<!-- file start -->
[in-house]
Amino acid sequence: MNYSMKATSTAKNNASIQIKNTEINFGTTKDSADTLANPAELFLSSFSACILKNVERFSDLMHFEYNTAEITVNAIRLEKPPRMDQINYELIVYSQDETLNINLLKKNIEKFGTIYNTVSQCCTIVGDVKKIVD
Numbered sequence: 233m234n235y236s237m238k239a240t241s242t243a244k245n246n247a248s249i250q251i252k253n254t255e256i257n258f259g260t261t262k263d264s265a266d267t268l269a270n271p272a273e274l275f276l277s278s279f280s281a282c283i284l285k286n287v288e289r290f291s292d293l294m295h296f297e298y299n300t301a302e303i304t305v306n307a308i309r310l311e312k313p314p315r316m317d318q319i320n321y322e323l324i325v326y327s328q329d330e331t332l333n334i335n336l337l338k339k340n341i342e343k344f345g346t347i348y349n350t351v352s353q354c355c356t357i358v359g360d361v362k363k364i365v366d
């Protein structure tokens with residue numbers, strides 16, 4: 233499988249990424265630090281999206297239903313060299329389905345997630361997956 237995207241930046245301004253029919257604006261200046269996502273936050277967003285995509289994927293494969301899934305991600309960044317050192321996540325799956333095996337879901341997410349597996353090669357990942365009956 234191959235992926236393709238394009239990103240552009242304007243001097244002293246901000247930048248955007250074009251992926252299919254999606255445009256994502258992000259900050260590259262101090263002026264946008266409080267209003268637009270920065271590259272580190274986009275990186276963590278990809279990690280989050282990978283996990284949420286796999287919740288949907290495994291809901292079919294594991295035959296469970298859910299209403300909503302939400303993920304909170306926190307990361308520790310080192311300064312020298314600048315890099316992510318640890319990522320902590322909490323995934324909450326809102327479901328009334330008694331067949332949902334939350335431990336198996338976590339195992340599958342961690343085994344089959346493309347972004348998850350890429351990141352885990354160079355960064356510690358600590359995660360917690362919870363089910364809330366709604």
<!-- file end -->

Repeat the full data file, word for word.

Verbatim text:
[in-house]
Amino acid sequence: MNYSMKATSTAKNNASIQIKNTEINFGTTKDSADTLANPAELFLSSFSACILKNVERFSDLMHFEYNTAEITVNAIRLEKPPRMDQINYELIVYSQDETLNINLLKKNIEKFGTIYNTVSQCCTIVGDVKKIVD
Numbered sequence: 233m234n235y236s237m238k239a240t241s242t243a244k245n246n247a248s249i250q251i252k253n254t255e256i257n258f259g260t261t262k263d264s265a266d267t268l269a270n271p272a273e274l275f276l277s278s279f280s281a282c283i284l285k286n287v288e289r290f291s292d293l294m295h296f297e298y299n300t301a302e303i304t305v306n307a308i309r310l311e312k313p314p315r316m317d318q319i320n321y322e323l324i325v326y327s328q329d330e331t332l333n334i335n336l337l338k339k340n341i342e343k344f345g346t347i348y349n350t351v352s353q354c355c356t357i358v359g360d361v362k363k364i365v366d
């Protein structure tokens with residue numbers, strides 16, 4: 233499988249990424265630090281999206297239903313060299329389905345997630361997956 237995207241930046245301004253029919257604006261200046269996502273936050277967003285995509289994927293494969301899934305991600309960044317050192321996540325799956333095996337879901341997410349597996353090669357990942365009956 234191959235992926236393709238394009239990103240552009242304007243001097244002293246901000247930048248955007250074009251992926252299919254999606255445009256994502258992000259900050260590259262101090263002026264946008266409080267209003268637009270920065271590259272580190274986009275990186276963590278990809279990690280989050282990978283996990284949420286796999287919740288949907290495994291809901292079919294594991295035959296469970298859910299209403300909503302939400303993920304909170306926190307990361308520790310080192311300064312020298314600048315890099316992510318640890319990522320902590322909490323995934324909450326809102327479901328009334330008694331067949332949902334939350335431990336198996338976590339195992340599958342961690343085994344089959346493309347972004348998850350890429351990141352885990354160079355960064356510690358600590359995660360917690362919870363089910364809330366709604």